Mr. Olson countered by saying that "there are certain labels in this country that are very, very critical," and marriage has "a status."
Chief Justice Roberts agreed, but added that "maybe it is the procreative aspect that makes it a fundamental right."
Even the brief history of gay marriage was delved into, with Associate Justice Samuel Anthony Alito Jr. noting that such nuptials are "newer than cellphones or the Internet," while Associate Justice Antonin Scalia repeatedly asked Mr. Olson about exactly "when" it become unconstitutional to prohibit gays from marriage.
"We don't prescribe law for the future. We decide what the law is," said Justice Scalia. "I'm curious — when did it become unconstitutional to exclude homosexual couples from marriage? 1791? 1868, when the 14th Amendment was adopted?"
Mr. Olson tried to answer rhetorically, saying the same could be asked of school segregation and interracial-marriage bans. "Don't give me a question to my question," Justice Scalia replied, but even as the audience laughed, the justice pressed again on, asking again, "when" did the Constitution change on marriage?
"There's no specific date in time," Mr. Olson finally responded. "This is an evolutionary cycle."
"Well, how am I supposed to know how to decide a case ... if you can't give me a date when the Constitution changes?" Justice Scalia said.
After the court session ended, many media pundits concluded that Proposition 8 has no chance of being upheld, and the only questions are how the court would strike it down.
If the court dismisses the case with no ruling at all, it is widely believed that an outcome would almost certainly allow gay marriages to resume in California.
The session, which ran about 80 minutes long, riveted the 400 people in the courtroom, which included actor-director Rob Reiner, who opposes Proposition 8; and leading gay-rights lawyers including Mary L. Bonauto of the Gay and Lesbian Advocates and Defenders, and Evan Wolfson, leader of Freedom to Marry.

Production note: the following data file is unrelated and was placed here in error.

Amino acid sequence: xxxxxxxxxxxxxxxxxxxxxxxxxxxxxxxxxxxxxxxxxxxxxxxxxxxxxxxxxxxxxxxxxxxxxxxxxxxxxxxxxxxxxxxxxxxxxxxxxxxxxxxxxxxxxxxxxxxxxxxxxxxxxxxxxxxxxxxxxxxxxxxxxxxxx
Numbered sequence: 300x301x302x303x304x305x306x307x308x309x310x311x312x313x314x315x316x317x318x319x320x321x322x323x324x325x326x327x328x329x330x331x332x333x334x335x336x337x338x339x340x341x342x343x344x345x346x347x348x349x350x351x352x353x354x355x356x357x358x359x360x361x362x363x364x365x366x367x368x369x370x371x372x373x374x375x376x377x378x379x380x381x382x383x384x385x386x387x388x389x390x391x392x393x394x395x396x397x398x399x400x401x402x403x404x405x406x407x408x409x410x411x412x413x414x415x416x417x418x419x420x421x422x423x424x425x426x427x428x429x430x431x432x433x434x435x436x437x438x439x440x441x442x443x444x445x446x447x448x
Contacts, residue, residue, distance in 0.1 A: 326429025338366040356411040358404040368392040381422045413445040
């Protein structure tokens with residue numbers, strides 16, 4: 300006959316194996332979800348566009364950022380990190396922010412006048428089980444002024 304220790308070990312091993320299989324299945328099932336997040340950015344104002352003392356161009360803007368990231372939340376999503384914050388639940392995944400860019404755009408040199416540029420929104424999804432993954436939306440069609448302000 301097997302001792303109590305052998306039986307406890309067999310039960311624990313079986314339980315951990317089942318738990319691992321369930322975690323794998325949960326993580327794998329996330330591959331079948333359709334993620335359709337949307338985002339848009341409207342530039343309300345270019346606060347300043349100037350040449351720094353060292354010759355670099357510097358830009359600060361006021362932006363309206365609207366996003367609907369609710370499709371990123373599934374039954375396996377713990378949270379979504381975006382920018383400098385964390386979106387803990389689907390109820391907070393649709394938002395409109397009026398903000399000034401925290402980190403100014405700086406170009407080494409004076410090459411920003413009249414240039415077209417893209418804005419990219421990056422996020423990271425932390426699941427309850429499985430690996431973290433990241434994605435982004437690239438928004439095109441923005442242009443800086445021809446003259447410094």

Andrew Pugno, general counsel of ProtectMarriage.com, which petitioned the court with Dennis Hollingsworth and others, to hear its case to uphold Proposition 8, said he thought the hearing went "very well" and that Mr. Cooper spoke clearly on their behalf.
"We have every confidence that the nine justices will resist the political pressure to prematurely end the national debate about the definition of marriage," he said, adding that gay marriage is "a social experiment that needs no special protection by or recognition from the U.S. Supreme Court."
President Obama, who personally supports same-sex marriage, received updates at the White House on Tuesday about the oral arguments, and senior adviser Valerie Jarrett and White House counsel Kathryn Ruemmler were among the White House officials who attended the oral arguments.
White House press secretary Jay Carney said public officials who are expressing support for same-sex marriage, and polls reflecting more public support for it, are a "welcome phenomenon."
"The president has noted ... the transformation that's been taking place in American society on these issues," Mr. Carney said. "It is a recognition by an increasing number of Americans that gay and lesbian Americans ought not to be discriminated against. And it reflects his core beliefs on these issues."
Mr. Verrilli, representing the Justice Department, also took part in Tuesday's oral arguments, saying in part that states with same-sex "civil unions" also should be required to accept full recognition of gay marriage as well.
Mr. Verrilli is back in court on Wednesday to agree with a lesbian widow that the federal Defense of Marriage Act of 1996 is unconstitutional.
⦁ Dave Boyer contributed to this report.